Few things say "staple of American history" like the names Orville and Wilbur Wright, the brothers who have long held the honor of building the world's first successful airplane and making the first controlled, powered and sustained heavier-than-air human flight.

Yet like with so many other inventions throughout history, rumblings are rampant that those credited were not actually the first to make a particular discovery. In the case of the first human flight, the name Gustave Whitehead has been tossed around by aviation historians for years as the rightful owner of the Wrights' legacy.

At the heart of the matter is an article in the Bridgeport Herald of Connecticut describing how Whitehead, a German immigrant, flew for half a mile at an altitude of 50 feet on Aug. 14, 1901. Compelling on the surface? Indeed. But witnesses were few, some of them recanted and some called Whitehead a fabulist. There were no further flights, although he attempted many, and any photographic evidence to support the claim was missing – and thus, the Wright Brothers soared into history.

But now Jane's All the World's Aircraft, considered by many to be the authoritative publication on all things aviation, has deemed Whitehead’s 1901 flight to be the first successful powered flight in history, beating the Wright brothers by more than two years. Although Jane’s has historically backed the Wright’s claim to fame, the publishers note that new evidence presented by historian John Brown, especially the discovery of a missing photograph, convinced them to change their tune.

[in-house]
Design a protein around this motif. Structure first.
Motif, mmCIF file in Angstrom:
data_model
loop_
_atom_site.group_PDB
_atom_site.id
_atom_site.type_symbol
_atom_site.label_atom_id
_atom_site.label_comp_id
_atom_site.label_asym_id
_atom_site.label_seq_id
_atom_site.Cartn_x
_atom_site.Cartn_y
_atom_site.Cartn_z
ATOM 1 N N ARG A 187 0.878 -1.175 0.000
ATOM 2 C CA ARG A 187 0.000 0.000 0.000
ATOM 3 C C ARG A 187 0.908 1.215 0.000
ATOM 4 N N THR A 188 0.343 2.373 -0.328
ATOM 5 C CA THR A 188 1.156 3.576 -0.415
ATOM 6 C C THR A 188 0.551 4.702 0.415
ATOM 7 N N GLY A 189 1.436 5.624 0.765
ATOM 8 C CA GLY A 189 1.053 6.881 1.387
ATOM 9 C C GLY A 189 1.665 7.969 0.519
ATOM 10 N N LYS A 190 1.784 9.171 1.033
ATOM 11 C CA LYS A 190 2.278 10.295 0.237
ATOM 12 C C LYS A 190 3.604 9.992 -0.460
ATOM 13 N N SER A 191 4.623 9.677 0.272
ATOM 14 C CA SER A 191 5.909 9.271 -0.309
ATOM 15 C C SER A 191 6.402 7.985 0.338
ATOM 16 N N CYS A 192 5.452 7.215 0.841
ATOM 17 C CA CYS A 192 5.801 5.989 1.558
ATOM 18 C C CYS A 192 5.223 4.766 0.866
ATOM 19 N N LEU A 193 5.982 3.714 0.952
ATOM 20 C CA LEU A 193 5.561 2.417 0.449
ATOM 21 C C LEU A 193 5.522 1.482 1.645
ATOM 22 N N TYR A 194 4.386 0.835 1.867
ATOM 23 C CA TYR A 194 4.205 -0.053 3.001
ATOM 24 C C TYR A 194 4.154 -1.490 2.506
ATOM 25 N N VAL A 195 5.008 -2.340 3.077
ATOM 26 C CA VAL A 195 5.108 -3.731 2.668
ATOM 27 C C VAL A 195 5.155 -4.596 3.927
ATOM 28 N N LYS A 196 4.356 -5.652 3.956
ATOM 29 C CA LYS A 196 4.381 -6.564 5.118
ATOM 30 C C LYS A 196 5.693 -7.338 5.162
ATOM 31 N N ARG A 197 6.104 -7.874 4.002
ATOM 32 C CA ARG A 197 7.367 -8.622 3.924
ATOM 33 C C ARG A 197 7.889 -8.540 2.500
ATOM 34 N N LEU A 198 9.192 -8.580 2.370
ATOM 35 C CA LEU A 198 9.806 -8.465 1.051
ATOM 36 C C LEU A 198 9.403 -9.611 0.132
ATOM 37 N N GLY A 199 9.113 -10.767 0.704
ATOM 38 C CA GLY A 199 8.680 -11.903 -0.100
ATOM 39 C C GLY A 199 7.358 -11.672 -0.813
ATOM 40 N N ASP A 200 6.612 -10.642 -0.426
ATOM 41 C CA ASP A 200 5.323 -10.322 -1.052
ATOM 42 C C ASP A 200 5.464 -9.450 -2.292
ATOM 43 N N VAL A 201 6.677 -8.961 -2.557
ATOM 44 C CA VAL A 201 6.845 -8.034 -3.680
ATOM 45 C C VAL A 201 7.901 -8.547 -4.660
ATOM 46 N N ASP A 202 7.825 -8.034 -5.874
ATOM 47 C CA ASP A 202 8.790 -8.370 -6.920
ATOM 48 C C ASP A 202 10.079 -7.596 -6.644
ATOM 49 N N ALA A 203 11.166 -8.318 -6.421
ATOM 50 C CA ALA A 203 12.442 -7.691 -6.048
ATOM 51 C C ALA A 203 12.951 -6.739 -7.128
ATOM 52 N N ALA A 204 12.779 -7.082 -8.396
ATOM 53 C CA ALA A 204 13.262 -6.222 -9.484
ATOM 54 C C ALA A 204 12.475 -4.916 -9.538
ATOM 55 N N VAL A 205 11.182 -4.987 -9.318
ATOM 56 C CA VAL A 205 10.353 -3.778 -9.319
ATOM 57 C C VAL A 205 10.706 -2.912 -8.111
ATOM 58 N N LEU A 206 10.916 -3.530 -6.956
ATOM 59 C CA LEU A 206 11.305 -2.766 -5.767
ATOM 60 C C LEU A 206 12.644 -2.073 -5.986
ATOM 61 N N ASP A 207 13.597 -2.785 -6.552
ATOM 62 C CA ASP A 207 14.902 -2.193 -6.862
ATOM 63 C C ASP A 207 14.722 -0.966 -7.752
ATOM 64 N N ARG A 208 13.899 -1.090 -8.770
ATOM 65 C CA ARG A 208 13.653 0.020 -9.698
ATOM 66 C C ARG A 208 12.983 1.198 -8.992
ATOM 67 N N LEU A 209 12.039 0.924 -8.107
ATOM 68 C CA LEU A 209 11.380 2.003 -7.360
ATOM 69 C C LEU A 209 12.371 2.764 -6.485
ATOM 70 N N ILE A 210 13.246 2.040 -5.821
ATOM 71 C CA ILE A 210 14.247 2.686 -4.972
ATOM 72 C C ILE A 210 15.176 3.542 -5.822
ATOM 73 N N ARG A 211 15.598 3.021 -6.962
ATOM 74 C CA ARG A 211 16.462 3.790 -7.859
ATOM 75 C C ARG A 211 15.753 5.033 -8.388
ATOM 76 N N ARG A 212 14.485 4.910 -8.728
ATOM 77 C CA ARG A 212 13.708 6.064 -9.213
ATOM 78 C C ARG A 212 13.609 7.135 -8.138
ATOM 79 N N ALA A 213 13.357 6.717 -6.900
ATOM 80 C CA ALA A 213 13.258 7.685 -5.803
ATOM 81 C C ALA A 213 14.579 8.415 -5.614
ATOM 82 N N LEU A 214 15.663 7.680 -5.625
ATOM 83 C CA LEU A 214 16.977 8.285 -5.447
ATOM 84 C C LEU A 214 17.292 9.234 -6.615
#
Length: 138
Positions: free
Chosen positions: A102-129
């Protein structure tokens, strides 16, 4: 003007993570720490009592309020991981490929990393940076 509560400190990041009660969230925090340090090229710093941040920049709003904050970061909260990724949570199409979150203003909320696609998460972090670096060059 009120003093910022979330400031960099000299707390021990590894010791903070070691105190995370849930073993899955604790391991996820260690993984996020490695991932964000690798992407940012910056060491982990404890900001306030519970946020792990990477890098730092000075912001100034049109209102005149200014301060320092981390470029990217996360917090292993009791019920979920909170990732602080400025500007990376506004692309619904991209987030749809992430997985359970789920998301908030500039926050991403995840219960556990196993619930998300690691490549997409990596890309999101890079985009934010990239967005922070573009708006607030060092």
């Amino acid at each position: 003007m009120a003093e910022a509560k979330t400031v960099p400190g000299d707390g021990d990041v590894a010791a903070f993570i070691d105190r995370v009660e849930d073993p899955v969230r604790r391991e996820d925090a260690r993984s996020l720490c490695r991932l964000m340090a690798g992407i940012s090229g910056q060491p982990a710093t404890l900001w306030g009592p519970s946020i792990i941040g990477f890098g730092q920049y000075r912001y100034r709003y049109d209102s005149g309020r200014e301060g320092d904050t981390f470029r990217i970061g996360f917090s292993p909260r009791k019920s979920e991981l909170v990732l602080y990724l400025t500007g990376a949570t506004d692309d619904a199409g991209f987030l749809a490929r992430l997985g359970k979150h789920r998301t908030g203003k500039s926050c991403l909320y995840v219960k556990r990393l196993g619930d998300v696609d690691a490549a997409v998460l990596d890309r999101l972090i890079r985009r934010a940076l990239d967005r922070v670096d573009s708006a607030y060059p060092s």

But as historians are wont to do, there is no shortage of debate about the topic.

In the opposite corner sit aviation experts at the Smithsonian National Air and Space Museum. Peter Jakab, associate director at the museum, finds the claim puzzling. He says the photo is too blurry (it was enlarged by 3,500 percent) and notes, "To my mind, it's really trying to see what you want to see in the image.” Jakab and his colleagues stand securely by the Wright brothers; there is ample evidence to prove it, and the evidence for Whitehead is too flimsy, they say.

But Whitehead supporters note that there is more than a bit of history at stake for the Smithsonian. The museum has built somewhat of an empire around the Wright brothers. Of particular interest is a contract held by the Smithsonian Institution with the estate of Orville Wright, which stipulates that the museum would lose custody of the Wright Flyer should it ever acknowledge that another aircraft was first in flight. Jakab says he would never let a contract stand in the way of a historical fact. Nonetheless, the presence of the contract complicates the matter.

Both camps have compelling arguments. To see both sides, read the Jane’s editorial and then the Smithsonian’s rebuttal. Who do you think was first?

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